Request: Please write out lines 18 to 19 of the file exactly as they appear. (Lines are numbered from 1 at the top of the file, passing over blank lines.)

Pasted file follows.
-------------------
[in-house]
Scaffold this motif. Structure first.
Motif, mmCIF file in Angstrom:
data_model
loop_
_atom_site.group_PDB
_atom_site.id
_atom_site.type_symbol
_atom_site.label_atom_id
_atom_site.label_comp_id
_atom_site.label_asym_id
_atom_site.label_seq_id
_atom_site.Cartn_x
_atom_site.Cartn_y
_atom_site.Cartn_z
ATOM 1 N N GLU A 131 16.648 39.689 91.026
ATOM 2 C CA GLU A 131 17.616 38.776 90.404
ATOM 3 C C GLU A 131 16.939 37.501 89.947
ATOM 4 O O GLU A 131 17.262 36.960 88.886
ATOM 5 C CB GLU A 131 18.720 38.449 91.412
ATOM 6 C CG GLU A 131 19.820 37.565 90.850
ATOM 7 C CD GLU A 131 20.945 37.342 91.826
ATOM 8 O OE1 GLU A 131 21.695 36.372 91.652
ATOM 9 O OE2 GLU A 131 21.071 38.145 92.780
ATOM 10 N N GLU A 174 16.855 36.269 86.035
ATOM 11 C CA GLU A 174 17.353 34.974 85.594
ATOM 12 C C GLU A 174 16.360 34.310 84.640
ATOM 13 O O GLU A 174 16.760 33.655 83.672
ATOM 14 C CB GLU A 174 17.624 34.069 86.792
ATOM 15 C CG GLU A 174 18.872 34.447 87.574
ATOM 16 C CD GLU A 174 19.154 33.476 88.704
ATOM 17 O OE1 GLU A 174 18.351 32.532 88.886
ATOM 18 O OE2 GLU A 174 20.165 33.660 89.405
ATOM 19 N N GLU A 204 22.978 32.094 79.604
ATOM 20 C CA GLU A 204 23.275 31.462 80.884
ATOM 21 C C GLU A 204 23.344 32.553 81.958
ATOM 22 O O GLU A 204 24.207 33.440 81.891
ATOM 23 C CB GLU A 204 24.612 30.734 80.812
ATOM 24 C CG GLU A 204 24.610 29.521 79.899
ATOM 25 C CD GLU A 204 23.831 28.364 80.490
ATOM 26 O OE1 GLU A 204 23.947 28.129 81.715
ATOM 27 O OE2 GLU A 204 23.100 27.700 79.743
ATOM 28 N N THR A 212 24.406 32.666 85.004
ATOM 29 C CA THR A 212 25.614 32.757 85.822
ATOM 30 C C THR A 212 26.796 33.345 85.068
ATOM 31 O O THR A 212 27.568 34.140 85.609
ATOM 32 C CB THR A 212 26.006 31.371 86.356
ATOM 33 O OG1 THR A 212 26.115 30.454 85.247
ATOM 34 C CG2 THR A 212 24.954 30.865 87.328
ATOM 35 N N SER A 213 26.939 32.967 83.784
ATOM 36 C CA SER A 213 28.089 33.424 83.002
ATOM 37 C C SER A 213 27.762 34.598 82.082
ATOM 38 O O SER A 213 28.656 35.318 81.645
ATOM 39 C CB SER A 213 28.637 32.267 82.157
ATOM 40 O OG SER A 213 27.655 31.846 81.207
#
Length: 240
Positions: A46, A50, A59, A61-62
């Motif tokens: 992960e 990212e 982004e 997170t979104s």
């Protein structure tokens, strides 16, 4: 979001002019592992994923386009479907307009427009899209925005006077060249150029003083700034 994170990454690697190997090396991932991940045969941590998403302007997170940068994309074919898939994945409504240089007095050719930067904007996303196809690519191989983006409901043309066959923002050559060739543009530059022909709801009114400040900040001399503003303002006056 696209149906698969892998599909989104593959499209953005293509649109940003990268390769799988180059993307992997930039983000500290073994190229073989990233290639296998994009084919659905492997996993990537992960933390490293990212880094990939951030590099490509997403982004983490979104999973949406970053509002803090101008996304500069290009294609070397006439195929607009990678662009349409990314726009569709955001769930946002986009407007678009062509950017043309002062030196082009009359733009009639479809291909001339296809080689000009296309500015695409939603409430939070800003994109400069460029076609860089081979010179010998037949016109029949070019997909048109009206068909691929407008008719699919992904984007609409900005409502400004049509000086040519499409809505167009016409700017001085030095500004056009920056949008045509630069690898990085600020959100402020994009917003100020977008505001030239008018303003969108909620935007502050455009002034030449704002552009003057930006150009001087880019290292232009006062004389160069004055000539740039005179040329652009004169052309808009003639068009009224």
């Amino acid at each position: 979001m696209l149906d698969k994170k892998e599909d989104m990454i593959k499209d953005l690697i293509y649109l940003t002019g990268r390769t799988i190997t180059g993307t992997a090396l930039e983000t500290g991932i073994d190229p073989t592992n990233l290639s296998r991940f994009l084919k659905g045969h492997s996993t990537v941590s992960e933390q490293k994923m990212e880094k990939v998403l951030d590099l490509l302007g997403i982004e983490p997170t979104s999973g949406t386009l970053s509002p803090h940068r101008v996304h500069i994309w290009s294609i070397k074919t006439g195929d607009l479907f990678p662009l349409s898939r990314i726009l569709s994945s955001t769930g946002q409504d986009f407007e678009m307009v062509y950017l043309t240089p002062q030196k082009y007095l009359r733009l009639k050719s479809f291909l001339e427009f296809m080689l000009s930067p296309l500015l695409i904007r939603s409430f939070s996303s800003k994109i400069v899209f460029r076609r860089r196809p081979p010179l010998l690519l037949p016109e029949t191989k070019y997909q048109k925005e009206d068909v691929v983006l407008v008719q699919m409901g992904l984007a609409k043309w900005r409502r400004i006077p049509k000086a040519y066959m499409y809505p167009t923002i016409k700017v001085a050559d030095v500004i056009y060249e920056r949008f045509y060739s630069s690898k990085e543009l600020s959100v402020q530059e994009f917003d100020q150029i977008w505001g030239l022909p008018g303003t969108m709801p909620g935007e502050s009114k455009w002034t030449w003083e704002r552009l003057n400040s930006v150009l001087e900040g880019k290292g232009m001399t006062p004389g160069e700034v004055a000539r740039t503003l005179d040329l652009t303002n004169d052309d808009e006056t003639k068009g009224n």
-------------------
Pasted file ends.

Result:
ATOM 3 C C GLU A 131 16.939 37.501 89.947
ATOM 4 O O GLU A 131 17.262 36.960 88.886